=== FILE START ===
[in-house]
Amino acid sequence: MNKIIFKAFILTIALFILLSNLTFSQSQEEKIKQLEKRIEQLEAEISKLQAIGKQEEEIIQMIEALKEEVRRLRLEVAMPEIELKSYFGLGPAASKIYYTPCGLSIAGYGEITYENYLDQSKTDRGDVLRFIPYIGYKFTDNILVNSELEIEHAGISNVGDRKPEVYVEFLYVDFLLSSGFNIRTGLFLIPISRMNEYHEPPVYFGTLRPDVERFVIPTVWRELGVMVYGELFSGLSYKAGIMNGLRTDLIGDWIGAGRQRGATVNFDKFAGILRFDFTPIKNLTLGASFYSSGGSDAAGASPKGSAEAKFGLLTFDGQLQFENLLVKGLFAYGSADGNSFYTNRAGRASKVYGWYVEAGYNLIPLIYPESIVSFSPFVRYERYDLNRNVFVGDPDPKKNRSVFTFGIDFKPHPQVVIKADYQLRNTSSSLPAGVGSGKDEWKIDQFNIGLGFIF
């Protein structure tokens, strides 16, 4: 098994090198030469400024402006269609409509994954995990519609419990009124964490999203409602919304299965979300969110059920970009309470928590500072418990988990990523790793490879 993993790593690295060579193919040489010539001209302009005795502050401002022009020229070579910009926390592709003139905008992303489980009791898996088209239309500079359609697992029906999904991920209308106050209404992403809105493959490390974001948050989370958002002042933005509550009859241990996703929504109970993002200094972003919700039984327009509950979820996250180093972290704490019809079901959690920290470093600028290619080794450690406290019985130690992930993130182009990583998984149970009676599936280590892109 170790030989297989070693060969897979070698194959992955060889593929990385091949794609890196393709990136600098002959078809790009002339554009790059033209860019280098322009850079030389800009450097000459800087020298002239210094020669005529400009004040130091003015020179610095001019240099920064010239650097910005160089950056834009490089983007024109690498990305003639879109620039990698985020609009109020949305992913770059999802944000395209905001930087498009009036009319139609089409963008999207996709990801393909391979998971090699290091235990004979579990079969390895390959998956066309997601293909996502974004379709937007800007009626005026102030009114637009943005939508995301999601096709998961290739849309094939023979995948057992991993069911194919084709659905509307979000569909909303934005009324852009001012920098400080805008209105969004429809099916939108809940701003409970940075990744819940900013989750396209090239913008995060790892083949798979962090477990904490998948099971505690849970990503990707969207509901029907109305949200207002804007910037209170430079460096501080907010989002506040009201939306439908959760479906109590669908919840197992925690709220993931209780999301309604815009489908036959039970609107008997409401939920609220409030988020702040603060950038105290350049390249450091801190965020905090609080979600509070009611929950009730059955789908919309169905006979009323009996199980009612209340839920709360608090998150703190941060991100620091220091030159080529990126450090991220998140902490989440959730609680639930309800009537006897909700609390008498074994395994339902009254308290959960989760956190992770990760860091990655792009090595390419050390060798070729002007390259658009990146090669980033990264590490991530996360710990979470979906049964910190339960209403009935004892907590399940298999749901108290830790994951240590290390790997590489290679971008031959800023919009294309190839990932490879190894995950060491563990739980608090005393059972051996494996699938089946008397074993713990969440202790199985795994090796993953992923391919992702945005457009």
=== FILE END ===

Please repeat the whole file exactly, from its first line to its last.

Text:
[in-house]
Amino acid sequence: MNKIIFKAFILTIALFILLSNLTFSQSQEEKIKQLEKRIEQLEAEISKLQAIGKQEEEIIQMIEALKEEVRRLRLEVAMPEIELKSYFGLGPAASKIYYTPCGLSIAGYGEITYENYLDQSKTDRGDVLRFIPYIGYKFTDNILVNSELEIEHAGISNVGDRKPEVYVEFLYVDFLLSSGFNIRTGLFLIPISRMNEYHEPPVYFGTLRPDVERFVIPTVWRELGVMVYGELFSGLSYKAGIMNGLRTDLIGDWIGAGRQRGATVNFDKFAGILRFDFTPIKNLTLGASFYSSGGSDAAGASPKGSAEAKFGLLTFDGQLQFENLLVKGLFAYGSADGNSFYTNRAGRASKVYGWYVEAGYNLIPLIYPESIVSFSPFVRYERYDLNRNVFVGDPDPKKNRSVFTFGIDFKPHPQVVIKADYQLRNTSSSLPAGVGSGKDEWKIDQFNIGLGFIF
């Protein structure tokens, strides 16, 4: 098994090198030469400024402006269609409509994954995990519609419990009124964490999203409602919304299965979300969110059920970009309470928590500072418990988990990523790793490879 993993790593690295060579193919040489010539001209302009005795502050401002022009020229070579910009926390592709003139905008992303489980009791898996088209239309500079359609697992029906999904991920209308106050209404992403809105493959490390974001948050989370958002002042933005509550009859241990996703929504109970993002200094972003919700039984327009509950979820996250180093972290704490019809079901959690920290470093600028290619080794450690406290019985130690992930993130182009990583998984149970009676599936280590892109 170790030989297989070693060969897979070698194959992955060889593929990385091949794609890196393709990136600098002959078809790009002339554009790059033209860019280098322009850079030389800009450097000459800087020298002239210094020669005529400009004040130091003015020179610095001019240099920064010239650097910005160089950056834009490089983007024109690498990305003639879109620039990698985020609009109020949305992913770059999802944000395209905001930087498009009036009319139609089409963008999207996709990801393909391979998971090699290091235990004979579990079969390895390959998956066309997601293909996502974004379709937007800007009626005026102030009114637009943005939508995301999601096709998961290739849309094939023979995948057992991993069911194919084709659905509307979000569909909303934005009324852009001012920098400080805008209105969004429809099916939108809940701003409970940075990744819940900013989750396209090239913008995060790892083949798979962090477990904490998948099971505690849970990503990707969207509901029907109305949200207002804007910037209170430079460096501080907010989002506040009201939306439908959760479906109590669908919840197992925690709220993931209780999301309604815009489908036959039970609107008997409401939920609220409030988020702040603060950038105290350049390249450091801190965020905090609080979600509070009611929950009730059955789908919309169905006979009323009996199980009612209340839920709360608090998150703190941060991100620091220091030159080529990126450090991220998140902490989440959730609680639930309800009537006897909700609390008498074994395994339902009254308290959960989760956190992770990760860091990655792009090595390419050390060798070729002007390259658009990146090669980033990264590490991530996360710990979470979906049964910190339960209403009935004892907590399940298999749901108290830790994951240590290390790997590489290679971008031959800023919009294309190839990932490879190894995950060491563990739980608090005393059972051996494996699938089946008397074993713990969440202790199985795994090796993953992923391919992702945005457009």